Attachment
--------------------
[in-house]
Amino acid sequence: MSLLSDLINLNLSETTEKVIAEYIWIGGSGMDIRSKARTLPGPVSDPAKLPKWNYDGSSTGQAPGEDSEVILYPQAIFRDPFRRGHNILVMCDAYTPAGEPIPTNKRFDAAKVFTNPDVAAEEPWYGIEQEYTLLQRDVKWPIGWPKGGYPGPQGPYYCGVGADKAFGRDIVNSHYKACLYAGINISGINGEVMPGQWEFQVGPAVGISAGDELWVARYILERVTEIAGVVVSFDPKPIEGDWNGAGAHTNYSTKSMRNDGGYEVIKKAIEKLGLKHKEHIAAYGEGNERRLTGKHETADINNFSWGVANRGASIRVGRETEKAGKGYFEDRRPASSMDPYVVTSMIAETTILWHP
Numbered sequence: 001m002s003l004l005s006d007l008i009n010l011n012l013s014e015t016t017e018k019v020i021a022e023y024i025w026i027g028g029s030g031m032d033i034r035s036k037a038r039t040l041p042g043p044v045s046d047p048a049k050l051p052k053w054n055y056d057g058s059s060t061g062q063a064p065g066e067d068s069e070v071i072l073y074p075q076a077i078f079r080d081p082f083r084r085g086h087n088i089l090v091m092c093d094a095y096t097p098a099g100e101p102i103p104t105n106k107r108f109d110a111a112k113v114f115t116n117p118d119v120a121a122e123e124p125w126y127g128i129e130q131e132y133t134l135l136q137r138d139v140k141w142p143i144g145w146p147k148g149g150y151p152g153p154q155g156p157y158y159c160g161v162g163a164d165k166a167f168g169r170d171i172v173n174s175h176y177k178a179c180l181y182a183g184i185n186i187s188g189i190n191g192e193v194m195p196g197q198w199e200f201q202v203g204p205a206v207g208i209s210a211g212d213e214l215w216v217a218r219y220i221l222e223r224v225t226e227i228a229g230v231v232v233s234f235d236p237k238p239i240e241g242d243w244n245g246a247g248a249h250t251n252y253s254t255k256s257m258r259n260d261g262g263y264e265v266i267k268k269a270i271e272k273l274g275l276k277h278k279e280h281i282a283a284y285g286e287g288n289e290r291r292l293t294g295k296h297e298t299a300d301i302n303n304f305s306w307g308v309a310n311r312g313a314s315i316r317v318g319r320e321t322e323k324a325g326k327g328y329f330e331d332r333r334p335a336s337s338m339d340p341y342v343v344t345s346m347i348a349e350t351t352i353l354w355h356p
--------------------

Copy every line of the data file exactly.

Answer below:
[in-house]
Amino acid sequence: MSLLSDLINLNLSETTEKVIAEYIWIGGSGMDIRSKARTLPGPVSDPAKLPKWNYDGSSTGQAPGEDSEVILYPQAIFRDPFRRGHNILVMCDAYTPAGEPIPTNKRFDAAKVFTNPDVAAEEPWYGIEQEYTLLQRDVKWPIGWPKGGYPGPQGPYYCGVGADKAFGRDIVNSHYKACLYAGINISGINGEVMPGQWEFQVGPAVGISAGDELWVARYILERVTEIAGVVVSFDPKPIEGDWNGAGAHTNYSTKSMRNDGGYEVIKKAIEKLGLKHKEHIAAYGEGNERRLTGKHETADINNFSWGVANRGASIRVGRETEKAGKGYFEDRRPASSMDPYVVTSMIAETTILWHP
Numbered sequence: 001m002s003l004l005s006d007l008i009n010l011n012l013s014e015t016t017e018k019v020i021a022e023y024i025w026i027g028g029s030g031m032d033i034r035s036k037a038r039t040l041p042g043p044v045s046d047p048a049k050l051p052k053w054n055y056d057g058s059s060t061g062q063a064p065g066e067d068s069e070v071i072l073y074p075q076a077i078f079r080d081p082f083r084r085g086h087n088i089l090v091m092c093d094a095y096t097p098a099g100e101p102i103p104t105n106k107r108f109d110a111a112k113v114f115t116n117p118d119v120a121a122e123e124p125w126y127g128i129e130q131e132y133t134l135l136q137r138d139v140k141w142p143i144g145w146p147k148g149g150y151p152g153p154q155g156p157y158y159c160g161v162g163a164d165k166a167f168g169r170d171i172v173n174s175h176y177k178a179c180l181y182a183g184i185n186i187s188g189i190n191g192e193v194m195p196g197q198w199e200f201q202v203g204p205a206v207g208i209s210a211g212d213e214l215w216v217a218r219y220i221l222e223r224v225t226e227i228a229g230v231v232v233s234f235d236p237k238p239i240e241g242d243w244n245g246a247g248a249h250t251n252y253s254t255k256s257m258r259n260d261g262g263y264e265v266i267k268k269a270i271e272k273l274g275l276k277h278k279e280h281i282a283a284y285g286e287g288n289e290r291r292l293t294g295k296h297e298t299a300d301i302n303n304f305s306w307g308v309a310n311r312g313a314s315i316r317v318g319r320e321t322e323k324a325g326k327g328y329f330e331d332r333r334p335a336s337s338m339d340p341y342v343v344t345s346m347i348a349e350t351t352i353l354w355h356p